Many tenants have preconceived notions regarding a lease renewal or how they typically work, and quite often these ideas are inaccurate or completely wrong. Some commons misconceptions include:
Exercising the option: Tenants often assume that you must exercise the renewal option in order to renew the lease. You absolutely do not have to exercise your option to renew, and in many cases you don't want to exercise your option because it limits what you can negotiate on for your renewal term.
Rents only go up: This is typically the landlord's point of view, and some option clauses indicate that your rent must go up regardless of what is happening in the market. In many cases, tenants are in line for a rent reduction, but because of how they handle the negotiation or by exercising their option, they see a rent increase instead.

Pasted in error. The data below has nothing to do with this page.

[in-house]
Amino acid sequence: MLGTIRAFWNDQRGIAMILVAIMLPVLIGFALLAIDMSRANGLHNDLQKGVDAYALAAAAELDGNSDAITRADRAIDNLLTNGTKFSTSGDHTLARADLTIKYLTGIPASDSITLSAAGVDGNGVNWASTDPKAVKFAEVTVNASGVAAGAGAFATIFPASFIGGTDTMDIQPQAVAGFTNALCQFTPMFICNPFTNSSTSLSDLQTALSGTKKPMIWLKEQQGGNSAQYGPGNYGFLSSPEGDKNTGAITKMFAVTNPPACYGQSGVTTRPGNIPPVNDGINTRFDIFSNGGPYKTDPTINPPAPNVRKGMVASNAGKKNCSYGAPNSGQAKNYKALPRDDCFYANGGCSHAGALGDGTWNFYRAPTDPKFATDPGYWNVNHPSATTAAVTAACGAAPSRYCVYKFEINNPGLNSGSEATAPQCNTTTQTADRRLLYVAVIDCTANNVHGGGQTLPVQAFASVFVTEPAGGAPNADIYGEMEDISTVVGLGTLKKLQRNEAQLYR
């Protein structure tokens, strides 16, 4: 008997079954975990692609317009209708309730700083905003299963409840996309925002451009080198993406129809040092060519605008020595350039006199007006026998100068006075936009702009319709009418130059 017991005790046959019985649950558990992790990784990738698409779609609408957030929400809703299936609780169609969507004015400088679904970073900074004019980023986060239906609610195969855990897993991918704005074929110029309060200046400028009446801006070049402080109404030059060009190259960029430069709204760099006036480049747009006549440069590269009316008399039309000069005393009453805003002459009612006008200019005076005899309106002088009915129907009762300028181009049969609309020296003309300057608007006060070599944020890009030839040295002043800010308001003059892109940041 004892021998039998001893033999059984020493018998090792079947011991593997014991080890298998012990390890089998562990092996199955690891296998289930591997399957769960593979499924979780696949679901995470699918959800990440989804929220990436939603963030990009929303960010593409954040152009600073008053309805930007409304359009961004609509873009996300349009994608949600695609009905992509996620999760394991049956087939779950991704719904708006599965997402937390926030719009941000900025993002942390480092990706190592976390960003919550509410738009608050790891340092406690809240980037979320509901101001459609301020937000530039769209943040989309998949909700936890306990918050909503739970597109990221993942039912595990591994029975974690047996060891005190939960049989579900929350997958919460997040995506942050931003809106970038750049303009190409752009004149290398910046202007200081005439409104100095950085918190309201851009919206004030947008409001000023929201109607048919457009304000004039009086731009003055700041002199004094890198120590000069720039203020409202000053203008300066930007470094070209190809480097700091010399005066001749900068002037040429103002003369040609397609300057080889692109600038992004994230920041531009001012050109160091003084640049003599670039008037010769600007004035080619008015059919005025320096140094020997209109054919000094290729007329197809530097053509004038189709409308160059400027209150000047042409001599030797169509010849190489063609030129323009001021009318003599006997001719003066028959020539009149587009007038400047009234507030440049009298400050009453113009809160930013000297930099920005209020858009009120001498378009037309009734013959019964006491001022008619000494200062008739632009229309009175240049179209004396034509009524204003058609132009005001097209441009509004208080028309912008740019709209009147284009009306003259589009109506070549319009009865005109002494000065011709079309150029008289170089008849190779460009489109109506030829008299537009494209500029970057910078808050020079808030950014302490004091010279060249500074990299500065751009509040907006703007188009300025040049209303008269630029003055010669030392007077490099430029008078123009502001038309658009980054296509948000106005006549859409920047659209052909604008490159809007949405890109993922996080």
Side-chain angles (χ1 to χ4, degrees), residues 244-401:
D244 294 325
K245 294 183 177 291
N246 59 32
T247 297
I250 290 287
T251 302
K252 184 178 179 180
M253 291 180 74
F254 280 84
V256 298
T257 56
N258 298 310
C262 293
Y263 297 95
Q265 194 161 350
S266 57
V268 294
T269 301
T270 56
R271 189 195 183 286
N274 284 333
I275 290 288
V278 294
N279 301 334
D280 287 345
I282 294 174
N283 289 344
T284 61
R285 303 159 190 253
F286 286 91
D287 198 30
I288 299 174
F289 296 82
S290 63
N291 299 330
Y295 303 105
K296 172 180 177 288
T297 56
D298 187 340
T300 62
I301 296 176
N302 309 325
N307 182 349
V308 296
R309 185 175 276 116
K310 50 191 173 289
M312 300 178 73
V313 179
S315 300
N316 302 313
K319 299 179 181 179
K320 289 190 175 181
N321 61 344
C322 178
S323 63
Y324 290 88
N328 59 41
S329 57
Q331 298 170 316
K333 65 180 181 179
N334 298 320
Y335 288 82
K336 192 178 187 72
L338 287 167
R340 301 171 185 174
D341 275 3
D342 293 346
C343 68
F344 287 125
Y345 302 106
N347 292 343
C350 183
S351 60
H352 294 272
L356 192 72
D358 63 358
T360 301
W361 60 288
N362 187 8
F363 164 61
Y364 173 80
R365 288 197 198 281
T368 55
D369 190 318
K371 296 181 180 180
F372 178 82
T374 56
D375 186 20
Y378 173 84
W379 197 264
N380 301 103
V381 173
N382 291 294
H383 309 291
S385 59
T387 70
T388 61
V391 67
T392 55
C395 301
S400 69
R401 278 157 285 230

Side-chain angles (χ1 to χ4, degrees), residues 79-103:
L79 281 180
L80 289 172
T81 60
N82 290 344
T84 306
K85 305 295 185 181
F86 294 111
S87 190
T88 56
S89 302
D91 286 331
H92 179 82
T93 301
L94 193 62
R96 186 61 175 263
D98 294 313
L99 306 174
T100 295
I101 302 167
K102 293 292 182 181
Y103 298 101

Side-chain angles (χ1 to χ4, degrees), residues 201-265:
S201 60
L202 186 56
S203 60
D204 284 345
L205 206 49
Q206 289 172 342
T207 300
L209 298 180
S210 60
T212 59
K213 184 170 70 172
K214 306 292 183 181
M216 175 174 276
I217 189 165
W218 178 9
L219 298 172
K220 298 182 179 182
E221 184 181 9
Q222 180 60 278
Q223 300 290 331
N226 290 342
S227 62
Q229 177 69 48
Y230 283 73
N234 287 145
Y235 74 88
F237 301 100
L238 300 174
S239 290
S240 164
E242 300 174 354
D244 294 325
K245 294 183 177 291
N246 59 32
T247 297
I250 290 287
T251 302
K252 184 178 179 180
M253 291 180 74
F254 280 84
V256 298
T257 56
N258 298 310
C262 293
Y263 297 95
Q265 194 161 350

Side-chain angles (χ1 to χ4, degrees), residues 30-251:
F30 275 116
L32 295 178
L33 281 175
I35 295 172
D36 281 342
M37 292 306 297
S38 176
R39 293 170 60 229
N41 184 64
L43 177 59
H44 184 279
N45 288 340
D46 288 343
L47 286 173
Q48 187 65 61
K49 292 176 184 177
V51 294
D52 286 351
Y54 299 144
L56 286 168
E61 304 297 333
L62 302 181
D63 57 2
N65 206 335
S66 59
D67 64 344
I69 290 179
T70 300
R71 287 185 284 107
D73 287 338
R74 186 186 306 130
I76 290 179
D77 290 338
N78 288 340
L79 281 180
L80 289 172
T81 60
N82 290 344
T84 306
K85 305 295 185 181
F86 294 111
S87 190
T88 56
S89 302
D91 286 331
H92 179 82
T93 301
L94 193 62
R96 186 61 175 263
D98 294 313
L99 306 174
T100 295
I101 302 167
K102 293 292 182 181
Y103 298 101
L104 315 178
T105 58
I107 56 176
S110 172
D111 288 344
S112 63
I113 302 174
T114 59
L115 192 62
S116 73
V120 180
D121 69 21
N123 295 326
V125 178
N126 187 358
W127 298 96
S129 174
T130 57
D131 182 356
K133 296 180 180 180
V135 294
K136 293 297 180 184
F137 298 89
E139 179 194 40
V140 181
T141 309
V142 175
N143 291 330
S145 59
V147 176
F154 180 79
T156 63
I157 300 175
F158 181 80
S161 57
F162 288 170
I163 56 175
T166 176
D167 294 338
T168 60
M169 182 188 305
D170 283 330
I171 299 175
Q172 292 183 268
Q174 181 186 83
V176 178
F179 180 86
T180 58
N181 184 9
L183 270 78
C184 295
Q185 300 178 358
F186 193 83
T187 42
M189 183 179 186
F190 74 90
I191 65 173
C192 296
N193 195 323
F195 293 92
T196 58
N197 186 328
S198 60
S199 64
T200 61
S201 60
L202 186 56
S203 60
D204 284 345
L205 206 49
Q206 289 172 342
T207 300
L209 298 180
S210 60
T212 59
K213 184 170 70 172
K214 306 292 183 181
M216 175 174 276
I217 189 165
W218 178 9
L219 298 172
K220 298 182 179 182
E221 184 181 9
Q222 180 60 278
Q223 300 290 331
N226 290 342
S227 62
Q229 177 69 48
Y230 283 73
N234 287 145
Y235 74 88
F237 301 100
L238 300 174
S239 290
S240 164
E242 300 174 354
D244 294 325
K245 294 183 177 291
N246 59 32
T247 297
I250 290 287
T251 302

Tenant allowance or free rent: Landlords often say free rent or tenant allowances are only for new tenants. But why should a proven tenant not get the same benefit as a new tenant? Tenants frequently overlook these financial incentives or are led to believe that they're not common or offered on renewals.
Additional lease provisions: A good reason not to exercise your renewal option is to address all other concerns on your lease. Whether it be parking, signage, improvements to the space, or simply adding more renewal-option clauses, your renewal is the time to deal with these issues.
False optimism: In some cases, it's not the terms of the renewal the tenant should be looking at but the renewal itself. If you haven't been profitable at your location for a number of years, perhaps it's time to consider a relocation or closing your business.